I’m reading through Twitter streams, Amazon Forums, and other news sources trying to get a sense of how users are responding and what their problems are. It’s pretty appalling out there. B2B companies admitting they have no recent backups and just have to wait for it to come back online. A company that claims patient’s lives are at stake as they do cardiac monitoring based in the Amazon Cloud and are desperately seeking assistance. The list goes on.
There’s some basic insurance any company using the Amazon Cloud needs to take out first chance they get. It’s not hard, it’s not expensive, it’s not push a button and get hot failover to multiple Clouds, and it won’t fix your problems if you’re caught in the current outage. But it will at least give you a little more maneuvering room. Many of the acounts I’m reading boil down to a lack of options other than waiting because they have no accessible backup data. In other words, they’d love to bring up their sites again on another Amazon Region, but they can’t because they’re missing access to a reasonably current data backup, or the Amazon Machine Instances are all in the affected region or issues along those lines.
Companies need the Cloud equivalent of offsite backup. At a minimum, you need to be sure you can get access to a backup of your infrastructure–all the AMI’s and Data needed to restart. Storage is cheap. Heck, if you’re totally paranoid, turn the tables and backup the Cloud to your own datacenter which consists of just the backup infrastructure. At least that way you’ve always got the data. Yes, there will be latency issues and that data will not be up to the minute. But look at all that’s happened. Suppose you could’ve spun up in another region having lost 2 hours of data. Not good, not good at all. But is it really worse than waiting over 24 hours or would you be feeling blessed about now if you could’ve done it 2 hours into the emergency? These are the kind of trade offs to be thinking about for disaster recovery. It’s chewing gum and bailing wire until you get an architecture that’s more resilient, but it sure beats not having any choices and waiting.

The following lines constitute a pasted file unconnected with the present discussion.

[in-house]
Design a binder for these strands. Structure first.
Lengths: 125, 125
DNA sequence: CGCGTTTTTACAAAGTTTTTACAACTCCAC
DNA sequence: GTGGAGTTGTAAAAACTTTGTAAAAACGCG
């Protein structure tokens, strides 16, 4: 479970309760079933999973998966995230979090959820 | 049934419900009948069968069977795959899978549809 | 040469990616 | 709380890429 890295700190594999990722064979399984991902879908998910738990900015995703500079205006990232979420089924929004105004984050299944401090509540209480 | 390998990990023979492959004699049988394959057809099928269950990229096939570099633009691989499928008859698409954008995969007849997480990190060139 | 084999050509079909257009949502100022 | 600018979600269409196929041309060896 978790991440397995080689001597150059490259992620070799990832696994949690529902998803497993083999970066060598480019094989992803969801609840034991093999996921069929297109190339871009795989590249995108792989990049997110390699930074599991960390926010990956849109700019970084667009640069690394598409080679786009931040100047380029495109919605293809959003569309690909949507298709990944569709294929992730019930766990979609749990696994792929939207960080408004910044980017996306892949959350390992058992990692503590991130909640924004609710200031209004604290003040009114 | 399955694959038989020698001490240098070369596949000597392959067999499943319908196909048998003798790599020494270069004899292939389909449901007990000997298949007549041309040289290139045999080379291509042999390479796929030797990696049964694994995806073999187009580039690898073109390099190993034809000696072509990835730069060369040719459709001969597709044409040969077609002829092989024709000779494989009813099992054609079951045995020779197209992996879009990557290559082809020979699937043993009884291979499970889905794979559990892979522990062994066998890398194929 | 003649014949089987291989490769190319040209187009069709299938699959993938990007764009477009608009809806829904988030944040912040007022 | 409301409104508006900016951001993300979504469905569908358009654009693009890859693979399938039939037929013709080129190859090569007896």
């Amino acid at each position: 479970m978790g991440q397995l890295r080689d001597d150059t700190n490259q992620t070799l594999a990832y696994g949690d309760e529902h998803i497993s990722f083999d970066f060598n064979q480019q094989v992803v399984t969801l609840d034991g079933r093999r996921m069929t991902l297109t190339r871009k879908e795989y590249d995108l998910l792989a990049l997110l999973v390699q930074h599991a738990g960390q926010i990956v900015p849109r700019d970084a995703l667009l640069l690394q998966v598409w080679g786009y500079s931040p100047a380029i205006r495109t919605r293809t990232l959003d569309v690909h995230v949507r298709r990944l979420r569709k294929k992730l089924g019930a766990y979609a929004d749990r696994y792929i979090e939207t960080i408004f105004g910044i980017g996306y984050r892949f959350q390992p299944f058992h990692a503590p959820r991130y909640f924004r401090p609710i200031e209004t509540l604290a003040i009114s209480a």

Another thing: make sure you test your backups. Do they restore? Can you go through the exercise of spinning up in another region to see that it works? Don’t just test once and forget about it. Pick an interval and retest. Make it routine so you know it works.
Staging all the data to other locations is not that expensive compared to continuously running dual failover infrastructure. That’s one of the beauties of elasticity.
There’s a lot of grumbling about how hard it is to failover to other regions and how expensive. Nothing is harder than explaining to your customers why your site is down. But at least get some cheap insurance in place so you have options the next time this happens. And there will be a next time, no matter whether it is Amazon, some other Cloud provider, or your own datacenter. There is always a next time.
While you’re at it, consider some other cheap insurance:
- Do you have a way to communicate with your customers when your site is down? An ops blog that you’re sure is hosted in a different cloud is cheap and cheerful.
- Can you at least get your web site home page showing? Think about how to get DNS access and a place to host that don’t rely 100% on one Cloud provider.
- Is there something about your app that would make partial access in an outage valuable? For example, on a customer service app, being able to log trouble tickets as email during an outage or scheduled downtime would be extremely helpful. Mail is cheap and easy to offer as alternate infrastructure, and it is also easy to imagine piping the email messages through a converter that would file them as tickets when the site came back up. It’s not hard to imagine being able to queue many kinds of transaction this way in an emergency. What are the key limited-functionality areas your users will want to have access to in an emergency?
- For some apps, it is easier to provide high availability for reading than for writing. Can you arrange that in an emergency, reading is still possible, just not writing or creating new objects? Customers are a lot more tractable if they know they still have access to their data, but just can’t create new data for a while. For example, a bookmarking site that lets me access my bookmarks but not create new ones during an outage is much less threatening than one that just brings up its Fail Whale equivalent on me.
Welcome to the world of Disaster Recovery. Disasters have a User Experience too. Have you planned your customer’s Disaster UX yet?
(Cross-posted @ SmoothSpan Blog)